New Research Reveals a Surprising Benefit of Caregiving
Family caregivers often hear stories about the hardships their role; however, a recently published study found when done well, caring for a loved one has the potential to extend your life.
The media is full of stories about the hardships endured by the “sandwich generation,” or adults who find themselves caring for both their children as well as their elderly parents. Many of the stories of caregivers who fall sick because of the stress they endure meeting the needs of both their children and their chronically ill or disabled loved one. Other stories lament the isolation experienced by family caregivers that results in depression. Do these news reports accurately portray the experience of family caregivers? A new Johns Hopkins study just released by suggests it does not.
The Benefits of Caring for a Loved One
A research group working at the Johns Hopkins University Center on Aging and Health analyzed data from 3503 family caregivers who were all over the age of 45 and matched with non-givers who had similar health and demographic characteristics. The data set included measurements of the participants’ demographic information, health history, and behaviors that affected their health for a period of six years. Using strong statistical analyses, the research team discovered that the survival rate among the family caregivers was 18 percent higher than that of their peers who did not act as caregivers.
Some of the other benefits reported by family caregivers identified in the study include:
- Increased self-esteem
- Enjoyment of the gratitude expressed by their loved ones
- Appreciation of the recognition of their work by others
The authors of the study note that the family caregivers found that their duties were manageable and they made a choice to care for their loved one. Additionally, they expressed concern that with the negative portrayal of family caregiving in the media, people might be dissuaded to care elderly or infirmed family members. Family members need information about the benefits of caring for a loved one at home as well as the potential risks. Since chronically ill or disabled adults and children have better health outcomes when they are in their homes, as opposed to a hospital, nursing home, or rehabilitation facility, more families will find that third-party payers and medical professionals will advocate for recovery, rehabilitation, and care in the home setting. In fact, according to a Pew Center survey, the number of Americans caring for an older adult increased to 36 percent in 2012 , which is 27 percent higher than 2010.
Strategies for Successful Caregiving
The key to success as a family caregiver is not to isolate yourself, which will increase your stress level and risk of developing depression. Many family caregivers opt to hire a Personal Care Assistant (PCA) from a home health agency to stay with their loved one while they get some time away from home. Others rely on the services of a PCA when they are sick themselves so that they can rest and recuperate. One of the many benefits of contracting with a home health agency is that you can depend on a trained paraprofessional to arrive on time to care for your relative. Additionally, they also help with housekeeping, meal preparation, and helping your loved one with self-care.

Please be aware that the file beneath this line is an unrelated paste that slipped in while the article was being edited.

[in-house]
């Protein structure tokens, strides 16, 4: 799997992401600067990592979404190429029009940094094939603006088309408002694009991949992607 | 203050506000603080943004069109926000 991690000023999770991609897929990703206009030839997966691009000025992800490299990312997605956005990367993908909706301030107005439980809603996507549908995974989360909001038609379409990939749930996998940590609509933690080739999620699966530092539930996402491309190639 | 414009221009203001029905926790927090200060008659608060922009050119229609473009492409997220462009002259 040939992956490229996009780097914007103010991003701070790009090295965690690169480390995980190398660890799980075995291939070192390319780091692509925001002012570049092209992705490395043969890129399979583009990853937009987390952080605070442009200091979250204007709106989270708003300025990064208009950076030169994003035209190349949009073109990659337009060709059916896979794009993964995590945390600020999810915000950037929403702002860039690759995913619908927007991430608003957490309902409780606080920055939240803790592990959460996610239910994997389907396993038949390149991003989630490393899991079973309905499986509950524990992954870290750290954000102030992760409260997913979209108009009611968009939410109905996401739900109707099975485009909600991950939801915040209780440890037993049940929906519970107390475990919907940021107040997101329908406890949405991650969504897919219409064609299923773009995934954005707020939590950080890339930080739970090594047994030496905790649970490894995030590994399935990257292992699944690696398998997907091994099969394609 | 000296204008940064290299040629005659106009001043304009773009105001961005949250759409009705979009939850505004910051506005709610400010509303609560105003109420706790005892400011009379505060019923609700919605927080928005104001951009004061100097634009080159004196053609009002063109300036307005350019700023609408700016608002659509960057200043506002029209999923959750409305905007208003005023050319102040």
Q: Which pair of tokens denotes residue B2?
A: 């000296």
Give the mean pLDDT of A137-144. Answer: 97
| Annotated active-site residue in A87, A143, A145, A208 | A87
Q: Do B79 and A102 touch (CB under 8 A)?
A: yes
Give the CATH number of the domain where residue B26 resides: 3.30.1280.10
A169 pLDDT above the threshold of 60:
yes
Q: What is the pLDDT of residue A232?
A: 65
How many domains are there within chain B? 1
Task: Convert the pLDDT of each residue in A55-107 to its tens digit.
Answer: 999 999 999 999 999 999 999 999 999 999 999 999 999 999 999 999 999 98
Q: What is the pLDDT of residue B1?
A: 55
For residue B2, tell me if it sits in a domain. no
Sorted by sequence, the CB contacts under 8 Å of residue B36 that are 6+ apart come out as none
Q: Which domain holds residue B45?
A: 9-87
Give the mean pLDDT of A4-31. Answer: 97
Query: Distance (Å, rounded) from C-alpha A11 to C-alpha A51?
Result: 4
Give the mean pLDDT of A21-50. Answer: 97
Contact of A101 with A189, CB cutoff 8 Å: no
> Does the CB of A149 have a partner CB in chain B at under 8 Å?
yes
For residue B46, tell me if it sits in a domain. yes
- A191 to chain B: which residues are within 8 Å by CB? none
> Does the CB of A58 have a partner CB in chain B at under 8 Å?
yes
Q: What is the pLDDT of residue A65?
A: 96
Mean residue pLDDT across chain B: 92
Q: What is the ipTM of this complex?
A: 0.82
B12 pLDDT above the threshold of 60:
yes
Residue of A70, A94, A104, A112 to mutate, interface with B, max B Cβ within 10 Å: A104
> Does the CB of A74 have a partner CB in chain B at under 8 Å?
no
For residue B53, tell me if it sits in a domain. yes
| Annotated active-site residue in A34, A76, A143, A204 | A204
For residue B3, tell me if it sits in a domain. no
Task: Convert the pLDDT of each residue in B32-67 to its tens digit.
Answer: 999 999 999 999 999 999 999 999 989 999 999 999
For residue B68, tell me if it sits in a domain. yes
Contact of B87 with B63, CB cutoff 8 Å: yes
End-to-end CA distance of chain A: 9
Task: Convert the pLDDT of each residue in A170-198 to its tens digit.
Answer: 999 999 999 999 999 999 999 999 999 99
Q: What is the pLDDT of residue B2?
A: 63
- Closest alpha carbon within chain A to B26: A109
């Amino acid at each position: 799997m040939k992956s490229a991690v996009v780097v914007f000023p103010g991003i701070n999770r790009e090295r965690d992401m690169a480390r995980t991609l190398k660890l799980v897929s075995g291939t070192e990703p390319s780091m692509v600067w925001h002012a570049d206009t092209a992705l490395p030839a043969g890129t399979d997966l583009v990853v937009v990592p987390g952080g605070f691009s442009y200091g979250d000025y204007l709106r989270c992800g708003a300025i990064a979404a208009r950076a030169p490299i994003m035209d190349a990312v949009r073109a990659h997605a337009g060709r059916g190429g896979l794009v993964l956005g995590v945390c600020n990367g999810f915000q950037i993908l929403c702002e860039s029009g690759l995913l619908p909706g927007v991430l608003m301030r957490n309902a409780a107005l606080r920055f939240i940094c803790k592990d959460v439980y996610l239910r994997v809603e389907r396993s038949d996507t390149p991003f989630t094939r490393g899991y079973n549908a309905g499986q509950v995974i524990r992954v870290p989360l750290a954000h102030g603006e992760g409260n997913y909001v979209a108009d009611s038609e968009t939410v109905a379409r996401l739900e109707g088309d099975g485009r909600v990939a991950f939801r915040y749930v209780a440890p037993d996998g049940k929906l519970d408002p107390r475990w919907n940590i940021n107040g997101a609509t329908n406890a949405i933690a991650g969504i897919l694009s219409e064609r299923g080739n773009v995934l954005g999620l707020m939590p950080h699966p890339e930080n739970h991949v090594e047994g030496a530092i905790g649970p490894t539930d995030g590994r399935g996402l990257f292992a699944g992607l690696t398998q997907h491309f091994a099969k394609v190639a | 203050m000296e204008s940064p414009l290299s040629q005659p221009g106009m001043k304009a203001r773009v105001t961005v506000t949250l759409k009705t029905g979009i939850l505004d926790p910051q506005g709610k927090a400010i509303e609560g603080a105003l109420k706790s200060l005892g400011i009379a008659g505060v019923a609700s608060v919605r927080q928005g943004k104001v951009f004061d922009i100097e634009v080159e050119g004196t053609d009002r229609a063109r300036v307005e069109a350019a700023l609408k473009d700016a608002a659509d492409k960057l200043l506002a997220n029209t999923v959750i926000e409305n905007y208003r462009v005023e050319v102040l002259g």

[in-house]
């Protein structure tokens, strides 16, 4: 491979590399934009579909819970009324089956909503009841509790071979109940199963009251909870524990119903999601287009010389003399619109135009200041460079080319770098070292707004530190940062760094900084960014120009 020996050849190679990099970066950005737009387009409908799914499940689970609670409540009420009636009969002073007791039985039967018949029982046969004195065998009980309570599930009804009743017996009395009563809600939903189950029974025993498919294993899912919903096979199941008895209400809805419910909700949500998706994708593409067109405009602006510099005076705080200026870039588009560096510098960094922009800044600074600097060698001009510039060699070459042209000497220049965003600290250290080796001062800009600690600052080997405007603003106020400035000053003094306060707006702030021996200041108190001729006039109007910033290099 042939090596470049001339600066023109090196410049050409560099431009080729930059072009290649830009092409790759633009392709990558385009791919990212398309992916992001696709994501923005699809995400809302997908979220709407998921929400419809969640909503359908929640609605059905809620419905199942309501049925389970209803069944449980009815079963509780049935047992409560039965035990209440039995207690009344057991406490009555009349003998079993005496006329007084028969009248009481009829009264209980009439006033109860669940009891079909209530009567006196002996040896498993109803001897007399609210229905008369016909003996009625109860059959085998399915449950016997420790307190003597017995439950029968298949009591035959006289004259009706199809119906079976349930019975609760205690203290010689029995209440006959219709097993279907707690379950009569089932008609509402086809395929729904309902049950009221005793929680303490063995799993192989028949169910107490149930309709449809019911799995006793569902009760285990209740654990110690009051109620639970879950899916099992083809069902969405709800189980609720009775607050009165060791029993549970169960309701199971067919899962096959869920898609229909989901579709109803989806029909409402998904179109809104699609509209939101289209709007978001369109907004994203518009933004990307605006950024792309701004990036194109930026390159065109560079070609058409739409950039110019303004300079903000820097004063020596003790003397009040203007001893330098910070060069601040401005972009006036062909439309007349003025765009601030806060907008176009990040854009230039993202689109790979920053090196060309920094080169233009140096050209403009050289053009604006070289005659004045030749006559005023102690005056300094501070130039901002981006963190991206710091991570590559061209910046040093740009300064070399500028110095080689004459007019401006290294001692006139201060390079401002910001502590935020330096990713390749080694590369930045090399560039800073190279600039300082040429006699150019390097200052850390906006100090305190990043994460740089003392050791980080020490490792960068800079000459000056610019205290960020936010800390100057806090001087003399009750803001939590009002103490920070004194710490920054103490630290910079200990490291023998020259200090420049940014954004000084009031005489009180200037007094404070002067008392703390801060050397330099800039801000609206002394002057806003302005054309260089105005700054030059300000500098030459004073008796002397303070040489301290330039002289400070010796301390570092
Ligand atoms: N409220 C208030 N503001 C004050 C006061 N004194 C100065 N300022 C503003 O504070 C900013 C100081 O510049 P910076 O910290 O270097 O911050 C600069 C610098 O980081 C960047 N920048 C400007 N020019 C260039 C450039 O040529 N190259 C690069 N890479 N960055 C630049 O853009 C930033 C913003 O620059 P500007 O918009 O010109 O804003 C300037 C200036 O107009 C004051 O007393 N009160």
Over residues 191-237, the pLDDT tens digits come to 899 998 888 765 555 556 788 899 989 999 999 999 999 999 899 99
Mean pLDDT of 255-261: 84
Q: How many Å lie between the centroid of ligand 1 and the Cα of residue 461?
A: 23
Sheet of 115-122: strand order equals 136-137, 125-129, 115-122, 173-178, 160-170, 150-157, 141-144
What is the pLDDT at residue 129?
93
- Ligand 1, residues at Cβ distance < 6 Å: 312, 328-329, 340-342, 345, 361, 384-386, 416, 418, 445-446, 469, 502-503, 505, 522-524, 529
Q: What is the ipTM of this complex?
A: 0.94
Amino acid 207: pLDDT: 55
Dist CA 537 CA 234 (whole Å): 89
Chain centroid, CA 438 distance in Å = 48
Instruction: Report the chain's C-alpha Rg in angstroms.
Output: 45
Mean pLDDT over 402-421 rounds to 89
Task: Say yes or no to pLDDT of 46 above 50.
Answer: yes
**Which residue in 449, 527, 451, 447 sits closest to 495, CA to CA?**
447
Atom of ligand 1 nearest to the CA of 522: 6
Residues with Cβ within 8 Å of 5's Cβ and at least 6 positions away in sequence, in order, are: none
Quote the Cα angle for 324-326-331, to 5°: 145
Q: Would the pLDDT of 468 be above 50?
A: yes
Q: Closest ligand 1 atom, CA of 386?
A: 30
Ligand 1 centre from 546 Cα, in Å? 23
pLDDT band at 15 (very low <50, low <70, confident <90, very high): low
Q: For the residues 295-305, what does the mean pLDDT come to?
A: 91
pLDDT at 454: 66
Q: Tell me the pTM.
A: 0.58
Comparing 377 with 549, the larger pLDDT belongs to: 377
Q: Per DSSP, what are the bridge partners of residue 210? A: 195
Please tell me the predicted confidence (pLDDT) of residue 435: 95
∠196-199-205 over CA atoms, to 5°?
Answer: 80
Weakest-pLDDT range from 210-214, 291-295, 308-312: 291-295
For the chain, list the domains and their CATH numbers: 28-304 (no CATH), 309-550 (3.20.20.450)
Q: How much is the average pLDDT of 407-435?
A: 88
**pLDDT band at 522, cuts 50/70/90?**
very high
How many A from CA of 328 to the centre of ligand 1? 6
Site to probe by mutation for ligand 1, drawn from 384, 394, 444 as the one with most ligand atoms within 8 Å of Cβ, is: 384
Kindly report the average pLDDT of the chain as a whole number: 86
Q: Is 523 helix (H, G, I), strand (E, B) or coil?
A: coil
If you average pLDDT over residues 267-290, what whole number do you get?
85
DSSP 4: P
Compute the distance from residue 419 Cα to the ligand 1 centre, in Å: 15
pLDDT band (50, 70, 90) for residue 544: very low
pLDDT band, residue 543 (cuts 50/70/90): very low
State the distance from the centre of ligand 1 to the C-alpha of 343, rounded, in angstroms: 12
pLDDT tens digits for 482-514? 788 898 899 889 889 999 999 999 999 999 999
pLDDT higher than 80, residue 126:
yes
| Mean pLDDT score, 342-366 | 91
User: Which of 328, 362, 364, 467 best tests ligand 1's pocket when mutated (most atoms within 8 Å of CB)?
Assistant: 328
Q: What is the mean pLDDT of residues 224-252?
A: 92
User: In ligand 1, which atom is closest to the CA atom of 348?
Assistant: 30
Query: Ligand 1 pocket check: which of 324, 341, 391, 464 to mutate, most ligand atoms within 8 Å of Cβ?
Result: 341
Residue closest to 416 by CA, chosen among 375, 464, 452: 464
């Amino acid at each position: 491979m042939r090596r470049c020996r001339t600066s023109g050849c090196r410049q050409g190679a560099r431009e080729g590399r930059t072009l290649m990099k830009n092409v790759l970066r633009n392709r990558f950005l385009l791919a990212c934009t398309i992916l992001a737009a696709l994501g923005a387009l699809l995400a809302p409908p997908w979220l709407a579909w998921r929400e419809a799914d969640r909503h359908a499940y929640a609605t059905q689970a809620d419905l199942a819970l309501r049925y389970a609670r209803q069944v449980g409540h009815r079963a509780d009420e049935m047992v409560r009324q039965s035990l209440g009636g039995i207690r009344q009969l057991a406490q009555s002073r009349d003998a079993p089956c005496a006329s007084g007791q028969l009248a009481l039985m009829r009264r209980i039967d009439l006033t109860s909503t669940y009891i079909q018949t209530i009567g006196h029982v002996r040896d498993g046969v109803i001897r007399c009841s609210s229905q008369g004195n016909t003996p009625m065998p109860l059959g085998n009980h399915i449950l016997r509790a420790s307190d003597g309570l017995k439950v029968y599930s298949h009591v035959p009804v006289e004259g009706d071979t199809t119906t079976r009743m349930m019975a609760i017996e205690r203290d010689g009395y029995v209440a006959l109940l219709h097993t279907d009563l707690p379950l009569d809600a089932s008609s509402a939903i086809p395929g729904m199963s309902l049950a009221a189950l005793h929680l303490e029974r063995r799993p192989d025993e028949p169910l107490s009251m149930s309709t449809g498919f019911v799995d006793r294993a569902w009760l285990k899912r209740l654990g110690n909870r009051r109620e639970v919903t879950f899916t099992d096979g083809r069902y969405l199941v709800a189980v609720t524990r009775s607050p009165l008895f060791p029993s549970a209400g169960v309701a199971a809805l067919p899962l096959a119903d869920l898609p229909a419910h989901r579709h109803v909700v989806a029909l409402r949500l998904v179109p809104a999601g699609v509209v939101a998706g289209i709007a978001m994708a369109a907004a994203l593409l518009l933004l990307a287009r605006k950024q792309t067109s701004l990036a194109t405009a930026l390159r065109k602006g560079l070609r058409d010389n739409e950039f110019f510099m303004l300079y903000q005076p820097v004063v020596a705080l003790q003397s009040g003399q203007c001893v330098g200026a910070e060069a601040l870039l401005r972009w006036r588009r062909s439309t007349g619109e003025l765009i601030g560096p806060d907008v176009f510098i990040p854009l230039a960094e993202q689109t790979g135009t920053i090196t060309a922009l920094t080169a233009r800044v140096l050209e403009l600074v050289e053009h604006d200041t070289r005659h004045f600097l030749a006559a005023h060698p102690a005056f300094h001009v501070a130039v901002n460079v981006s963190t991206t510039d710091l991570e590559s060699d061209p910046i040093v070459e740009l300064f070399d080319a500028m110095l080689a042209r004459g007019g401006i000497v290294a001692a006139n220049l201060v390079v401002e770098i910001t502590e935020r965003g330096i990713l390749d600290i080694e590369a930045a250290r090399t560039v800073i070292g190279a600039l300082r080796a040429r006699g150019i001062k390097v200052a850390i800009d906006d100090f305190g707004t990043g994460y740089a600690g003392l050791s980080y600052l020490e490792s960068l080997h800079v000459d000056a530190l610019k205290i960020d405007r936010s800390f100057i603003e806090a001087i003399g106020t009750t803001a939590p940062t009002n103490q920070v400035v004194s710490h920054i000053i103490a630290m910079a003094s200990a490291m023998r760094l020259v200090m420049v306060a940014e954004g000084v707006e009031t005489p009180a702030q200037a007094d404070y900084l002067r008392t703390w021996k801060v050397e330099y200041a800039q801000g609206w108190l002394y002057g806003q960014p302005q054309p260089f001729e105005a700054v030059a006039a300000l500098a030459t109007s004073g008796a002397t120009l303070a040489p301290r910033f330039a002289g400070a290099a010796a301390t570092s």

Another way family caregivers connect with other and medical professionals is through the internet. The Pew Center reports 30 percent of family caregivers participate in online support groups. In addition to online resources, most Minnesota communities offer disease and condition specific peer support networks. Most family caregivers find it helpful to share their experiences with others who are in similar circumstances.
As medical professionals transition to electronic health records, many doctors are now offering the option to ask questions via email. This makes it much easier for family caregivers to keep the lines of communication with their loved one medical team. When a medical professional is just an email away, most caregivers experience less stress knowing they can ask questions when needed.
An essential part of caregiving is taking good care of yourself and based upon the results of the Pew Center survey, family caregivers in the United States are taking this advice. The survey report indicates that 72 percent of adults caring for family members use web-based tools to track their own diet, sleep habits, exercise routine, and weight. Others use the Internet to find relaxation tips and information about their own health concerns. Many of these online resources and tools are free.
Since many family caregivers juggle managing two households, staying organized is essential. While some caregivers use free task lists and calendars offered by Google, others opt for more elaborate planners and tools. For families with children, parents who are also caring for elderly relatives even use project management software to keep everyone on track and on schedule.
Know When to Ask for Help
Family caregivers who try to do everything on their own are the ones who are most likely to become ill or to fall victim to burnout. Sometimes many caregivers are so busy that they do not notice signs indicating that need to slow down and take a break. Besides avoiding isolation, family caregivers need to maintain a social network that will provide honest feedback and let the caregiver know when they are overextending themselves. If you are unsure where to find local help and resources, check the links at the end of this post. With help and support, both you and your loved one will stay healthy.
Resources and Support for Family Caregivers
- National Alliance for Caregiving
- Caregiver Action Network
- Family Caregiver Alliance
- Minnesota Board on Aging
- Minnesota Home Health Agency
- AARP Caregiver Resource Center